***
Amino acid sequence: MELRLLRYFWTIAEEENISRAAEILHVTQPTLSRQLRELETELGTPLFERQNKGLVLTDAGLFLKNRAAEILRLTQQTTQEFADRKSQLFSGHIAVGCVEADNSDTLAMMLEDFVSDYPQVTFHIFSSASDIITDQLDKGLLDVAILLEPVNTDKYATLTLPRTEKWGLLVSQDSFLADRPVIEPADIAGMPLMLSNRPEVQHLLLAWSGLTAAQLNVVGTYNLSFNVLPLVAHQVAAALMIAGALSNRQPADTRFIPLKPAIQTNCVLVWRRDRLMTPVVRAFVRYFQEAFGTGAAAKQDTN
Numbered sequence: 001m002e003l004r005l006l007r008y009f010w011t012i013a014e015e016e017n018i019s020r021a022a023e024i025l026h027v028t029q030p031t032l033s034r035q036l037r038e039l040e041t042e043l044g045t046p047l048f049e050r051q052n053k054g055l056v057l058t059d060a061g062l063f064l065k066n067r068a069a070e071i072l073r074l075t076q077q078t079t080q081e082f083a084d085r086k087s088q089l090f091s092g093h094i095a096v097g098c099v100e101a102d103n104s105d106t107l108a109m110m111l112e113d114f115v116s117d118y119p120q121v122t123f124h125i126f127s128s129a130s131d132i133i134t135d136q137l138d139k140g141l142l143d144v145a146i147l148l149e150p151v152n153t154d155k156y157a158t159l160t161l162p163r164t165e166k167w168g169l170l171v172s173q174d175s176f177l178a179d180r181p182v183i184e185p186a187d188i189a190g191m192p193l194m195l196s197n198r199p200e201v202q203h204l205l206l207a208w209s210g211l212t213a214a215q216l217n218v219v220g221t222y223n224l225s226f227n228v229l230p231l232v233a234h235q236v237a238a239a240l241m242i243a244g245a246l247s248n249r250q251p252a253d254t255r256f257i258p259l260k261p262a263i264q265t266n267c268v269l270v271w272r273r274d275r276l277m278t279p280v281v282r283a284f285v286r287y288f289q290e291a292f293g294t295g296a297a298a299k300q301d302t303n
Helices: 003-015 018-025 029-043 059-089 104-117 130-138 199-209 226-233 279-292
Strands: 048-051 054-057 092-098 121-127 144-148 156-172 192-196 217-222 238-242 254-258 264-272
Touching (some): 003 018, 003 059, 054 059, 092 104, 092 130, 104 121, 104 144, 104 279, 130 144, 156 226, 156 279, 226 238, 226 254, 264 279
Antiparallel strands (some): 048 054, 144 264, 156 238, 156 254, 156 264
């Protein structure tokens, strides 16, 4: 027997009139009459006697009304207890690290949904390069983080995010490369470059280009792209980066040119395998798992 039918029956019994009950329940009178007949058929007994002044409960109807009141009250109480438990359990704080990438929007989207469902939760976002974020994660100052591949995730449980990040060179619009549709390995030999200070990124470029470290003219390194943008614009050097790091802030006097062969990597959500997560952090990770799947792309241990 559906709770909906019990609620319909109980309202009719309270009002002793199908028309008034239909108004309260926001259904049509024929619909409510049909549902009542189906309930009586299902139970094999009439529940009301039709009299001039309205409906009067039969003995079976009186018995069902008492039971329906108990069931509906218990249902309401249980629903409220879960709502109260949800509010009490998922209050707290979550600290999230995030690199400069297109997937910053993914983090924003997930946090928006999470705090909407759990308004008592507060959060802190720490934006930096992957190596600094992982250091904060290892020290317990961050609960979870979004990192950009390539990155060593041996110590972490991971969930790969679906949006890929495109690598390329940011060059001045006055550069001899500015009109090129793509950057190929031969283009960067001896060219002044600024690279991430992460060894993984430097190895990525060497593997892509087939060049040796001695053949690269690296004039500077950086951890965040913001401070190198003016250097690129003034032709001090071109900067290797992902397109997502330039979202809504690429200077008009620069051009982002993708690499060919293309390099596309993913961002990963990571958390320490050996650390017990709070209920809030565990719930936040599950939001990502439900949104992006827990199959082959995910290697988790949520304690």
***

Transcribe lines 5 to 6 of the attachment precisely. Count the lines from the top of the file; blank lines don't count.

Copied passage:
Touching (some): 003 018, 003 059, 054 059, 092 104, 092 130, 104 121, 104 144, 104 279, 130 144, 156 226, 156 279, 226 238, 226 254, 264 279
Antiparallel strands (some): 048 054, 144 264, 156 238, 156 254, 156 264